Sure, you could drive it like a monster, but the Navi is best when treated like there are three VIPs in the back. Roll softly onto the gas and make liberal use of the well-tuned brake pedal, and you’ll be rewarded with smooth operation. Its body-on-frame underpinnings also bestow it with some solid capability; check the box for the heavy-duty towing package and you can drag 8,700 pounds from here to Timbuktu.

Luxury is costly, and that includes at the gas pump, too. The 2021 Navigator Black Label is EPA-estimated at 16 miles per gallon city and 20 mpg highway, numbers that I was able to meet but not beat over a couple hundred miles of driving. There’s an Eco-specific mode available to numb inputs and make it easier to be efficient, and it does help a bit. There’s also a Sport mode, which must be some kind of joke I’m not smart enough to get, because under no circumstances should anyone attempt to drive this dwarf planet in any remotely aggressive manner.

Lincoln could’ve leaned much heavier on the Ford parts bin, but in not doing so, the Navigator feels just that much more special.

Andrew Krok/Roadshow

The Navigator’s complement of in-car technology starts dead center on the dashboard with a 10-inch touchscreen display running the latest version of Ford’s Sync software. The on-screen icons are easy to read at a glance, and Ford’s telematics getup is easy to get used to, but you can always rely on Apple CarPlay or Android Auto if you prefer a smartphone-style experience. In addition to the central screen, there’s also a 12-inch gauge display, which sports a minimal layout that I really enjoy, displaying only the most pertinent information. A head-up display reduces distraction even further. When it comes time to charge, there are USB ports in every row, with the foremost occupants treated to both USB-A and USB-C outlets. The Navigator lacks the whiz-bang, dashboard-wide screen experience of the Cadillac Escalade, but it’s still a good setup.

The truck-adjacent side of the automotive industry is no longer bereft of the same safety systems that are found on passenger cars. The 2021 Navigator comes standard with Ford’s Co-Pilot 360 suite of active and passive safety systems, which includes blind-spot monitoring, rear cross-traffic alert, automatic emergency braking with pedestrian detection. Adaptive cruise control with stop-and-go capability is a $695 premium on lower trims, but it becomes standard as you move up the ranks. Of course, the Escalade can one-up the Navigator here with its Super Cruise driver-assist technology.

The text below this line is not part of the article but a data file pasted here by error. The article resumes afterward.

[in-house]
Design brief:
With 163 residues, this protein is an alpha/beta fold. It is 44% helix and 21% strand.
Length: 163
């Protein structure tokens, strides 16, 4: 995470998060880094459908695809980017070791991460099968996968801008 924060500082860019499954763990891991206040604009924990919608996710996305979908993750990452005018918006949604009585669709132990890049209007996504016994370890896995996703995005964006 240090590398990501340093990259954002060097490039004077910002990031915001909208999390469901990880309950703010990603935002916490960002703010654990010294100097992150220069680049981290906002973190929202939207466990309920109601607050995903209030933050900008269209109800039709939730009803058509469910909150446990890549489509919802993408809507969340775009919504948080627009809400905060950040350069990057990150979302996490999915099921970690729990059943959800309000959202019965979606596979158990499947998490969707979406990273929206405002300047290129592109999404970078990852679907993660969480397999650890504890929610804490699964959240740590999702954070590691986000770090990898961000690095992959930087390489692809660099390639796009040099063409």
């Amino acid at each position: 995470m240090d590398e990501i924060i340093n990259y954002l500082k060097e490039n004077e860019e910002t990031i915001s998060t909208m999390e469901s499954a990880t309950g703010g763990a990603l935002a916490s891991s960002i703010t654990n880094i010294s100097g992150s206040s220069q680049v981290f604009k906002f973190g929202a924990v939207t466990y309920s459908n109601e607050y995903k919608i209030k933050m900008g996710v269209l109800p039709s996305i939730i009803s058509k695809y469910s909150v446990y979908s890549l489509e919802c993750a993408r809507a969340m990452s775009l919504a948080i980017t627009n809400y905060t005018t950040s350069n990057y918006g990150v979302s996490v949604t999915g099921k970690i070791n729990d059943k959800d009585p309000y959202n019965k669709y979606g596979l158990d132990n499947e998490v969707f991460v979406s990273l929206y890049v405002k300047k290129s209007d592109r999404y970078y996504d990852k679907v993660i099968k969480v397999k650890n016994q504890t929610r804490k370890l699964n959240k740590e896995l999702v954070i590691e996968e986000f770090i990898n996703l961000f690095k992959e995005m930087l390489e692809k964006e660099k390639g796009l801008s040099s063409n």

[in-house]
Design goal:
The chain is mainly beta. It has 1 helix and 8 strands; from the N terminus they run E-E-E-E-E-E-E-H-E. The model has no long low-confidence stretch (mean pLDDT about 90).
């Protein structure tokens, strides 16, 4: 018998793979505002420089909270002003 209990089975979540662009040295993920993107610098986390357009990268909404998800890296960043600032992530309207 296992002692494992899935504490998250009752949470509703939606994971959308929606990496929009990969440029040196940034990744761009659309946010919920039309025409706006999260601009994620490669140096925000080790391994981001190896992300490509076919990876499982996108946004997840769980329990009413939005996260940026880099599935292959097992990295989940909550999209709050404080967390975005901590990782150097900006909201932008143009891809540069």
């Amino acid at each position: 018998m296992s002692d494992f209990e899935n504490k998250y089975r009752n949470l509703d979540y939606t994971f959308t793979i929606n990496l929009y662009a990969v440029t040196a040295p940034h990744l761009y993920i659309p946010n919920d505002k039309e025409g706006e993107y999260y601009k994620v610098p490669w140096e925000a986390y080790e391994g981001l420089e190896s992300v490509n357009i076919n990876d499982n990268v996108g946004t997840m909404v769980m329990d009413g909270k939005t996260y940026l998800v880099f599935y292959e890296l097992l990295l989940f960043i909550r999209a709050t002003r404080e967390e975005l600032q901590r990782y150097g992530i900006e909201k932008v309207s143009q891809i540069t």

Hopefully the screen’s bezel is hilariously large because Lincoln intends on upgrading the display size later on.

Andrew Krok/Roadshow

Expectedly, the 2021 Lincoln Navigator is not a budget-friendly conveyance. Its starting price of $77,840 (including $1,295 for destination) only rockets northward when options are taken into account. This Black Label model is about as equipped as it can get, and its $106,115 price tag is quite the pill to swallow, until you realize that the similarly powered Mercedes-Benz GLS580 pretty much starts at the six-figure mark.

If pure luxury (and some capability) is what you’re after, the Navigator stands atop the pile of large luxury SUVs. In terms of outright comfort, the Mercedes GLS-Class is probably its closest competitor with its super ride quality. Those looking for the latest driver tech will want to check out the Cadillac Escalade with Super Cruise. Other body-on-frame competitors include the Infiniti QX80 and Lexus LX 570, both of which are rather old underneath their revised exteriors. There’s also the Range Rover, in case you want to ditch the third row and add the ability to drive through nearly 3 feet of standing water. Hey, you never know.

Cast against competitors or not, the 2021 Lincoln Navigator is an exceptional SUV. Its Black Label trim brings an impressive level of luxury to the table, while its underpinnings give it a great deal of capability,  whether that covers interior space or towing. It’s a shining city on a hill, a rolling testament to prosperity and power that makes you feel important the second you slide behind the wheel.